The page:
AFTER 47 matches, 18 teams and 13 stadiums, there awaits one last battle. And it will see two sets of soldiers from the same corner of the world march out tomorrow night at Twickenham for the chance to lift the Webb Ellis trophy.
In a stadium which is hundreds of thousands of miles away from where the likes of Ma’a Nonu, Richie McCaw, David Pocock and Ashley Cooper first stepped out onto a rugby pitch, a Rugby World Cup Final setting for Australia and New Zealand is a far cry from no-man’s land: the Wallabies and the All-Blacks will play in what will be their fourth world cup final each tomorrow night.
Remarkably however, these two giant Antipodean rivals have never met each other on the biggest stage of all, which will make this encounter all the more magical, historical and most significantly of all, unpredictable.
Reigning champions New Zealand will be looking to retain the Webb Ellis trophy – a feat that has never been achieved in the history of the World Cup, although judging by the All Blacks’ consistent performance throughout the tournament, this realisation is not unattainable. They are, in fact, favourites to win. After annihilating France in the quarter-finals, Steve Hansen’s side slogged their way to a two-point victory against South Africa in an incredibly tight match that truly and – uncharacteristically – tested their discipline. And it was by no mere coincidence that it was this crucial match which saw Dan Carter overtake Grant Fox as New Zealand’s all-time leading World Cup points scorer with 172.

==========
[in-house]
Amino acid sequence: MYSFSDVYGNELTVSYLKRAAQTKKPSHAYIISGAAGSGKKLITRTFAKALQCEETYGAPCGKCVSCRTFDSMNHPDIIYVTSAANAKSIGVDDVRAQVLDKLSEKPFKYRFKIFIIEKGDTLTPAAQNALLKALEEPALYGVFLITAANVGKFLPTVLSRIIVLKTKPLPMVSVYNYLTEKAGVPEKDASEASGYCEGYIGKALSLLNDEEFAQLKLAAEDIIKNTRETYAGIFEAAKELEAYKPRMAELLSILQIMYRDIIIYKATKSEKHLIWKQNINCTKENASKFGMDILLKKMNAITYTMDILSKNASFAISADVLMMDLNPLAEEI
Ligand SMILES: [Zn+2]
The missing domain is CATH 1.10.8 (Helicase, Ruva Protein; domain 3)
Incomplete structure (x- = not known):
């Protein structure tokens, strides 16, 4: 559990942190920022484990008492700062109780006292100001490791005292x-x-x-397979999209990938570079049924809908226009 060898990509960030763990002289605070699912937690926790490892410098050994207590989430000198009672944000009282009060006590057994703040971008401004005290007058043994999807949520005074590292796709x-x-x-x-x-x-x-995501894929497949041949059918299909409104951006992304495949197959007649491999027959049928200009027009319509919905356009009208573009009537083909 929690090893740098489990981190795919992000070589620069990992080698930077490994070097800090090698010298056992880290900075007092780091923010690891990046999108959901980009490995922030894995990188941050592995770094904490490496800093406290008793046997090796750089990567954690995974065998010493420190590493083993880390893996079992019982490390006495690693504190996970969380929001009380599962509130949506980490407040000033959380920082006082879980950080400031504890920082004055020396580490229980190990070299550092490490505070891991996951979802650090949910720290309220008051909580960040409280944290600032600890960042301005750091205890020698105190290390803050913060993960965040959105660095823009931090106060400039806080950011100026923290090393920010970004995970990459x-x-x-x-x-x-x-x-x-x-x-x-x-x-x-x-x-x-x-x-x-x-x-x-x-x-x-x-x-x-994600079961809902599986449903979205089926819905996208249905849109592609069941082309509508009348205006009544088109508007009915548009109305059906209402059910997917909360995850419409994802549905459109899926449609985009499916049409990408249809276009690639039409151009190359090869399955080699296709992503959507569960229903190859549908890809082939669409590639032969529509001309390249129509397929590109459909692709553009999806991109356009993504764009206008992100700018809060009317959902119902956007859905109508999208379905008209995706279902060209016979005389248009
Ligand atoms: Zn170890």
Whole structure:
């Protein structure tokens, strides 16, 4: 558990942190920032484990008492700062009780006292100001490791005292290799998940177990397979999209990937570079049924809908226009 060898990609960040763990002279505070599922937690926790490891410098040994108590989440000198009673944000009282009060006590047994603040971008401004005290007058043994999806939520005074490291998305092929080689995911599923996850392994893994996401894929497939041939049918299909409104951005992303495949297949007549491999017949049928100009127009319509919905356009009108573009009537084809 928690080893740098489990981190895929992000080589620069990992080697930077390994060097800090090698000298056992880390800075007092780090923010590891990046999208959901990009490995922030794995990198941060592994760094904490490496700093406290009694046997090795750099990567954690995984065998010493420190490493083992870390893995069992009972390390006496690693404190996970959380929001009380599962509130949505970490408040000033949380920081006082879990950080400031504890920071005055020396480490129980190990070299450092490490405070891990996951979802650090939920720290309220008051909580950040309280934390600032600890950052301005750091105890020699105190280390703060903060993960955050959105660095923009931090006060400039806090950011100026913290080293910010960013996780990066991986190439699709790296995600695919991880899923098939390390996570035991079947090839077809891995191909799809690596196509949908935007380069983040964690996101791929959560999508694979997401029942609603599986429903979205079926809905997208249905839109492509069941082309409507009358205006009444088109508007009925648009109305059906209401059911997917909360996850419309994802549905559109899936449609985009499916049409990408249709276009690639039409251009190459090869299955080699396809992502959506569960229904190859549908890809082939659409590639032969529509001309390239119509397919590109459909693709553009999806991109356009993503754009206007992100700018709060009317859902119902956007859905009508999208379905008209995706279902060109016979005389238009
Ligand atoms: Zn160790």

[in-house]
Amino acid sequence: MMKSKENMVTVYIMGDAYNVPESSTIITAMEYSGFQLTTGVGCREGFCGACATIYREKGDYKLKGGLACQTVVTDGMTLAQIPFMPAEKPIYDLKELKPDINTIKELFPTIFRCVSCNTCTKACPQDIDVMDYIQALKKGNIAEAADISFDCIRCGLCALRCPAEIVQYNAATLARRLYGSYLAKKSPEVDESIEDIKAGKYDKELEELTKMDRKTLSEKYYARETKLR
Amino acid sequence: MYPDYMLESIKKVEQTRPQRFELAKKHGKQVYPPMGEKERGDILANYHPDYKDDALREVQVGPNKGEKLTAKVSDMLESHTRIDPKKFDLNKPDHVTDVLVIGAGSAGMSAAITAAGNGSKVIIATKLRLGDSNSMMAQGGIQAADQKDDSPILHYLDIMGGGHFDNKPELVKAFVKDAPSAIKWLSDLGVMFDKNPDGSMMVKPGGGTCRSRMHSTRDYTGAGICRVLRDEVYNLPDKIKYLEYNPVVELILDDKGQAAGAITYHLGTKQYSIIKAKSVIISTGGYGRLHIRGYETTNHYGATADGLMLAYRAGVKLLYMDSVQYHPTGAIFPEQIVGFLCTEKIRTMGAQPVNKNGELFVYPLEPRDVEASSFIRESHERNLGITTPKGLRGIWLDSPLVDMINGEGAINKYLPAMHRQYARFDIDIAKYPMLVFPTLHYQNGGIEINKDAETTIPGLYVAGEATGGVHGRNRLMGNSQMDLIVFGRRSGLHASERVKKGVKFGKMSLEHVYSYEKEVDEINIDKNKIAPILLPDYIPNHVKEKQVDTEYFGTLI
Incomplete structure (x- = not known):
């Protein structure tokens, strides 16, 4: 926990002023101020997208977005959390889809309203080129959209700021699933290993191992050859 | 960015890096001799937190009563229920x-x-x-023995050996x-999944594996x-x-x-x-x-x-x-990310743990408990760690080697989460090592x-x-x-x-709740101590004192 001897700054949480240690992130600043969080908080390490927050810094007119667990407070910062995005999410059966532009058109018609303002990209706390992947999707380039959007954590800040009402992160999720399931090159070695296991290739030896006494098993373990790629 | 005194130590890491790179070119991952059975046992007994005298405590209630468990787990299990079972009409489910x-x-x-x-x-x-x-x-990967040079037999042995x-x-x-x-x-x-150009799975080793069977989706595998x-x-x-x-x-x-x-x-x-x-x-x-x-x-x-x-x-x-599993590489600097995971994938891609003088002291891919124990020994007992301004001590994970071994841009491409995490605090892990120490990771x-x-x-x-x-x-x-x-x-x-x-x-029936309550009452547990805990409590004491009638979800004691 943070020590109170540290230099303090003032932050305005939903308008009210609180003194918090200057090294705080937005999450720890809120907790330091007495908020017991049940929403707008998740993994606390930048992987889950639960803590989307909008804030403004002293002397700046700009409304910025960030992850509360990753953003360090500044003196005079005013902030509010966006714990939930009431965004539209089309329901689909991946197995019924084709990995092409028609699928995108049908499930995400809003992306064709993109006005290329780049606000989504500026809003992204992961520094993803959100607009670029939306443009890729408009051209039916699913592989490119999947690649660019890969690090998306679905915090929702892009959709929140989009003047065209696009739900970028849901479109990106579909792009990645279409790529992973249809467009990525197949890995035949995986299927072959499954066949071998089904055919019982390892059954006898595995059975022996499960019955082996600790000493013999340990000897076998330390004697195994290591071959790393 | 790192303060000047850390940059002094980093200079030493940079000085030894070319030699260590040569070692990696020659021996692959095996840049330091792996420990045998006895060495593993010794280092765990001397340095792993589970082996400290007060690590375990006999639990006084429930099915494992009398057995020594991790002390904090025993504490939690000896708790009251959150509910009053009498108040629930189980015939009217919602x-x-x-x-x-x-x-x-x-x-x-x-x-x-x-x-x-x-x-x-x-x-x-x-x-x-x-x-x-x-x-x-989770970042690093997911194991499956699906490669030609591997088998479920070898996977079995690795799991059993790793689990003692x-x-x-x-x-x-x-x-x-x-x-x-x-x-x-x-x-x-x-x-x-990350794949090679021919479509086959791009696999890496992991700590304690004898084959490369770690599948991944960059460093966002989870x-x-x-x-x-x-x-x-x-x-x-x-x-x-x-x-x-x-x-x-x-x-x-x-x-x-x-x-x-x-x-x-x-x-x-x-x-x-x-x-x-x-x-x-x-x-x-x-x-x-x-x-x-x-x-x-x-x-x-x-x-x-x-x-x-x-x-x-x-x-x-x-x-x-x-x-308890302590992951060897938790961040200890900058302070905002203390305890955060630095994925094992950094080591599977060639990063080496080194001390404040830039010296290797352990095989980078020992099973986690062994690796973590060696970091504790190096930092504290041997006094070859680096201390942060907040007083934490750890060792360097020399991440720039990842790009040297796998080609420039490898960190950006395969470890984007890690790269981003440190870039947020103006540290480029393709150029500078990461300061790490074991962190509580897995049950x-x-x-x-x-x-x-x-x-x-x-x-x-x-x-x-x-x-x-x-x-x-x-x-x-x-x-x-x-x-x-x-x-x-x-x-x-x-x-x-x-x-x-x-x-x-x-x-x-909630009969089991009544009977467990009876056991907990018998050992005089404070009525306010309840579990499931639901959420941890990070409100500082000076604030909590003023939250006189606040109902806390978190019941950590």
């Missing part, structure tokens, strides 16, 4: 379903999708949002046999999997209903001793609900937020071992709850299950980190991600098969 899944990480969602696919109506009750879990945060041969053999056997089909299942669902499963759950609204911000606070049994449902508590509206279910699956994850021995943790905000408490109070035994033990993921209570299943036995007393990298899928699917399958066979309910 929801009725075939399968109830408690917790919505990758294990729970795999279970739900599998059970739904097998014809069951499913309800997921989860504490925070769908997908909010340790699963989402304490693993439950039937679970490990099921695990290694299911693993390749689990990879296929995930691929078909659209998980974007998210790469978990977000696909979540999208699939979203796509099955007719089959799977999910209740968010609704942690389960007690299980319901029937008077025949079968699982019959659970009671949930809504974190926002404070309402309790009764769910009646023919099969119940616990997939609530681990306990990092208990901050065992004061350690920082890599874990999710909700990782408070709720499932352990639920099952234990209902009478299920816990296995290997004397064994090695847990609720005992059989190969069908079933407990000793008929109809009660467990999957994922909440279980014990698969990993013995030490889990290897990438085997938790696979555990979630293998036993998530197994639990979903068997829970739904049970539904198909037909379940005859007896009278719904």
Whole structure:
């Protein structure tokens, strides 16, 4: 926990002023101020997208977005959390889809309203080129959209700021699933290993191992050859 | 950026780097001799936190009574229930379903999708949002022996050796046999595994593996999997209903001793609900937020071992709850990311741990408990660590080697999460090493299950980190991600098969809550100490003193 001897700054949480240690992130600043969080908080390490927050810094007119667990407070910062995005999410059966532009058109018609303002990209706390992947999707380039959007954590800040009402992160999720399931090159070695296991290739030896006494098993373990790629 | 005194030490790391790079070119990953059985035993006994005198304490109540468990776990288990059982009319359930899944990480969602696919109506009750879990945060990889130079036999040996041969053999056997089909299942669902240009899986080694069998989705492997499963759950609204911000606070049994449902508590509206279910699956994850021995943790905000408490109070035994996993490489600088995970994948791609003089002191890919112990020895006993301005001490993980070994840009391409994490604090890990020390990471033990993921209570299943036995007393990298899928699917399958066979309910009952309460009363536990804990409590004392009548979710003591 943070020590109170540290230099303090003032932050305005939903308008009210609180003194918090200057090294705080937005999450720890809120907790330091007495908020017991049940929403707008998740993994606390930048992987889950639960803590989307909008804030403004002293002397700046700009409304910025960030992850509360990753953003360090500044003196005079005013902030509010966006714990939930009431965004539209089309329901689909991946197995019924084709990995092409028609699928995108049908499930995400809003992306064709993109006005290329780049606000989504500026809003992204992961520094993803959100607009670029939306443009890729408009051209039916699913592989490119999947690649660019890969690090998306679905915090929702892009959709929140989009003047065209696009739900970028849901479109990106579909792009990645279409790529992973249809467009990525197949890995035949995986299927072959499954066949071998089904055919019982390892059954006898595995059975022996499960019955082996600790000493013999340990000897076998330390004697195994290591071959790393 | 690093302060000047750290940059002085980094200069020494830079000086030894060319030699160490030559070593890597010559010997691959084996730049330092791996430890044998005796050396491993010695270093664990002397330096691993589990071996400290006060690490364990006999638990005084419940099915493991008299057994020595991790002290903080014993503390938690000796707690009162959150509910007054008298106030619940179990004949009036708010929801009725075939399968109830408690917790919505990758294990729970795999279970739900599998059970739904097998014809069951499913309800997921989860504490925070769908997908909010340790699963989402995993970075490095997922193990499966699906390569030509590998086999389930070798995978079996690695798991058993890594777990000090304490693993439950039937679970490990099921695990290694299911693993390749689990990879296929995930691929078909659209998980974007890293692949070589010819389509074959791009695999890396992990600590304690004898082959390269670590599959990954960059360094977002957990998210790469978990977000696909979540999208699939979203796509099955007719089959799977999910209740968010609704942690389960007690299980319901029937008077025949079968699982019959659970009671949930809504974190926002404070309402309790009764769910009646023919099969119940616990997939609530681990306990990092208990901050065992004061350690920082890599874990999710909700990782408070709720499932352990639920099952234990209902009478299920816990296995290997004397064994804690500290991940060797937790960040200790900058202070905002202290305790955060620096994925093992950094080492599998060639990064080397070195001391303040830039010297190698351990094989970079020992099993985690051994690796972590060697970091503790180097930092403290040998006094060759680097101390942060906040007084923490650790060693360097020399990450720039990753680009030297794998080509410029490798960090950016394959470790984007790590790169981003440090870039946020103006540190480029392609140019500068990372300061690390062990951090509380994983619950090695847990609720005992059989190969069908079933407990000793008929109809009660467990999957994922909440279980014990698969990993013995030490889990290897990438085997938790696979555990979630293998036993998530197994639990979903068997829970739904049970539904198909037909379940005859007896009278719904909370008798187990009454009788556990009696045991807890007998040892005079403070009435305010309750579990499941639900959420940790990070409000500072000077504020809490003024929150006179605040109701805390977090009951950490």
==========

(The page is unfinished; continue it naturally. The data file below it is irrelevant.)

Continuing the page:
Australia, in comparison, will be buoyed by their hard-fought win over a valiant Argentina who came up short against the trusted boot of Bernard Foley and the impressive ball carrying of Adam Pollock, who won a game high of four turnovers and made 13 carries. The Wallabies, like their counterparts, are deserved finalists (although your average Scot might say otherwise). They brushed England aside – and out – of their own home tournament to gain a seemingly easier path to the final – but their quarter-final win that they ground out against Scotland was anything but.
These two nations have traditionally shared a fierce, competitive and inspiring sporting rivalry which will add something else to what has been an epic World Cup. For home fans, England’s premature elimination in the group stages might not have been something to shout about. But the first meeting between what are arguably two of the greatest rugby sides in world rugby, on the biggest stage of all at Twickenham, is.
Featured Image: Planet Rugby